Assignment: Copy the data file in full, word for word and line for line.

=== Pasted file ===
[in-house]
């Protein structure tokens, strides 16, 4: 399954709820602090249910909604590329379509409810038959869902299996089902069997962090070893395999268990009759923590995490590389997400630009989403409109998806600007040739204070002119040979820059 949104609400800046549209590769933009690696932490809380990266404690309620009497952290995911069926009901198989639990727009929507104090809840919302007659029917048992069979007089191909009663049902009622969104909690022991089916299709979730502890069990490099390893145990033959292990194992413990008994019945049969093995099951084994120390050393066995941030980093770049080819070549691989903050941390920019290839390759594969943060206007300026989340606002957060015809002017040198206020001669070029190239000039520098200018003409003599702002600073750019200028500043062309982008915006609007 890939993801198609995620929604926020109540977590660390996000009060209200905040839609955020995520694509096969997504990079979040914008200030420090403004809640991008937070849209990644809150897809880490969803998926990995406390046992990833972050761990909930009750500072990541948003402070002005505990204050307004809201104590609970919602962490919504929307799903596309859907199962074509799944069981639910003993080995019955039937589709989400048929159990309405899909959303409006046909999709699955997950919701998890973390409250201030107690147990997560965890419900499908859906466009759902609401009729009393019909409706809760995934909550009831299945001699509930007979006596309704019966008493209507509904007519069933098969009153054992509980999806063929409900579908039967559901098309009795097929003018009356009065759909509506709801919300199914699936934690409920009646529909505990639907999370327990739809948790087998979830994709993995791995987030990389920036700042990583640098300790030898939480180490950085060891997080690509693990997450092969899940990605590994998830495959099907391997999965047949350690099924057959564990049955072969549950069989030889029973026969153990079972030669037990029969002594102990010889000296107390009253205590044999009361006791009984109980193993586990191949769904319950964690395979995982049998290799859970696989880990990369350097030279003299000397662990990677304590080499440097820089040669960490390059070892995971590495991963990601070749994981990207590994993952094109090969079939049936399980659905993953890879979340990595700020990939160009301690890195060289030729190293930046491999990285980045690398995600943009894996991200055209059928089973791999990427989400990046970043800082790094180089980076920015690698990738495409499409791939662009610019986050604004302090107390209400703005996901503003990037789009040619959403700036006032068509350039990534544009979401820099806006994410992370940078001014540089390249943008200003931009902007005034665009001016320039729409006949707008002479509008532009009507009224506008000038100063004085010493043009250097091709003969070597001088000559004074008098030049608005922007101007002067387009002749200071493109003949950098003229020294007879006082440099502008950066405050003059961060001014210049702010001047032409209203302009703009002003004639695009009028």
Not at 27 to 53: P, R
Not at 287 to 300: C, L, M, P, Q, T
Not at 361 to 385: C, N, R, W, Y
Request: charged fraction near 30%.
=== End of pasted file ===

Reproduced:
[in-house]
């Protein structure tokens, strides 16, 4: 399954709820602090249910909604590329379509409810038959869902299996089902069997962090070893395999268990009759923590995490590389997400630009989403409109998806600007040739204070002119040979820059 949104609400800046549209590769933009690696932490809380990266404690309620009497952290995911069926009901198989639990727009929507104090809840919302007659029917048992069979007089191909009663049902009622969104909690022991089916299709979730502890069990490099390893145990033959292990194992413990008994019945049969093995099951084994120390050393066995941030980093770049080819070549691989903050941390920019290839390759594969943060206007300026989340606002957060015809002017040198206020001669070029190239000039520098200018003409003599702002600073750019200028500043062309982008915006609007 890939993801198609995620929604926020109540977590660390996000009060209200905040839609955020995520694509096969997504990079979040914008200030420090403004809640991008937070849209990644809150897809880490969803998926990995406390046992990833972050761990909930009750500072990541948003402070002005505990204050307004809201104590609970919602962490919504929307799903596309859907199962074509799944069981639910003993080995019955039937589709989400048929159990309405899909959303409006046909999709699955997950919701998890973390409250201030107690147990997560965890419900499908859906466009759902609401009729009393019909409706809760995934909550009831299945001699509930007979006596309704019966008493209507509904007519069933098969009153054992509980999806063929409900579908039967559901098309009795097929003018009356009065759909509506709801919300199914699936934690409920009646529909505990639907999370327990739809948790087998979830994709993995791995987030990389920036700042990583640098300790030898939480180490950085060891997080690509693990997450092969899940990605590994998830495959099907391997999965047949350690099924057959564990049955072969549950069989030889029973026969153990079972030669037990029969002594102990010889000296107390009253205590044999009361006791009984109980193993586990191949769904319950964690395979995982049998290799859970696989880990990369350097030279003299000397662990990677304590080499440097820089040669960490390059070892995971590495991963990601070749994981990207590994993952094109090969079939049936399980659905993953890879979340990595700020990939160009301690890195060289030729190293930046491999990285980045690398995600943009894996991200055209059928089973791999990427989400990046970043800082790094180089980076920015690698990738495409499409791939662009610019986050604004302090107390209400703005996901503003990037789009040619959403700036006032068509350039990534544009979401820099806006994410992370940078001014540089390249943008200003931009902007005034665009001016320039729409006949707008002479509008532009009507009224506008000038100063004085010493043009250097091709003969070597001088000559004074008098030049608005922007101007002067387009002749200071493109003949950098003229020294007879006082440099502008950066405050003059961060001014210049702010001047032409209203302009703009002003004639695009009028």
Not at 27 to 53: P, R
Not at 287 to 300: C, L, M, P, Q, T
Not at 361 to 385: C, N, R, W, Y
Request: charged fraction near 30%.